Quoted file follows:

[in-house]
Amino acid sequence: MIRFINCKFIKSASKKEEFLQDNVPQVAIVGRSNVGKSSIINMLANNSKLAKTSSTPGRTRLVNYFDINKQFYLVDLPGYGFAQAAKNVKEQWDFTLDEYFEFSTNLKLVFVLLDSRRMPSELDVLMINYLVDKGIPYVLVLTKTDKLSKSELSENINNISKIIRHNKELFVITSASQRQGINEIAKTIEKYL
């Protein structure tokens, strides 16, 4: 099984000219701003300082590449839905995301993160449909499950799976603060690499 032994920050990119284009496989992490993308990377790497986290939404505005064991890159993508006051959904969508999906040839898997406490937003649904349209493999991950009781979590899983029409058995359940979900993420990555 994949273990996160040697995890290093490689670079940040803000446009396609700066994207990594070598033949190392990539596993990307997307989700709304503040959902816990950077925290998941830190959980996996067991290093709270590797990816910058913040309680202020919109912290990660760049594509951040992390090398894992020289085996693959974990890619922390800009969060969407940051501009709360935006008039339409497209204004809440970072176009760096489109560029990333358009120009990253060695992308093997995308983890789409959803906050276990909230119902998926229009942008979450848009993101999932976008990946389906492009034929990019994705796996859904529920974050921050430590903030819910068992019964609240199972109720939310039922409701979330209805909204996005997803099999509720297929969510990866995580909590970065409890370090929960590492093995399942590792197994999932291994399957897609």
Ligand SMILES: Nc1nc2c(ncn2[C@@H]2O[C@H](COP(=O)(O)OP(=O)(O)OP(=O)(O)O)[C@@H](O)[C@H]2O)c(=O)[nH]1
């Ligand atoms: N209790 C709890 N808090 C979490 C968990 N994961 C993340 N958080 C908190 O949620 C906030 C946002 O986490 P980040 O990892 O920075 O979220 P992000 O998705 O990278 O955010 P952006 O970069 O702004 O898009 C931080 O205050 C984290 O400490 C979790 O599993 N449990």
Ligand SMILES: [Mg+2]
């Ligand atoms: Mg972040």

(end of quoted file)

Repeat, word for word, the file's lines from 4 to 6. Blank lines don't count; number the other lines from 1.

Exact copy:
Ligand SMILES: Nc1nc2c(ncn2[C@@H]2O[C@H](COP(=O)(O)OP(=O)(O)OP(=O)(O)O)[C@@H](O)[C@H]2O)c(=O)[nH]1
């Ligand atoms: N209790 C709890 N808090 C979490 C968990 N994961 C993340 N958080 C908190 O949620 C906030 C946002 O986490 P980040 O990892 O920075 O979220 P992000 O998705 O990278 O955010 P952006 O970069 O702004 O898009 C931080 O205050 C984290 O400490 C979790 O599993 N449990």
Ligand SMILES: [Mg+2]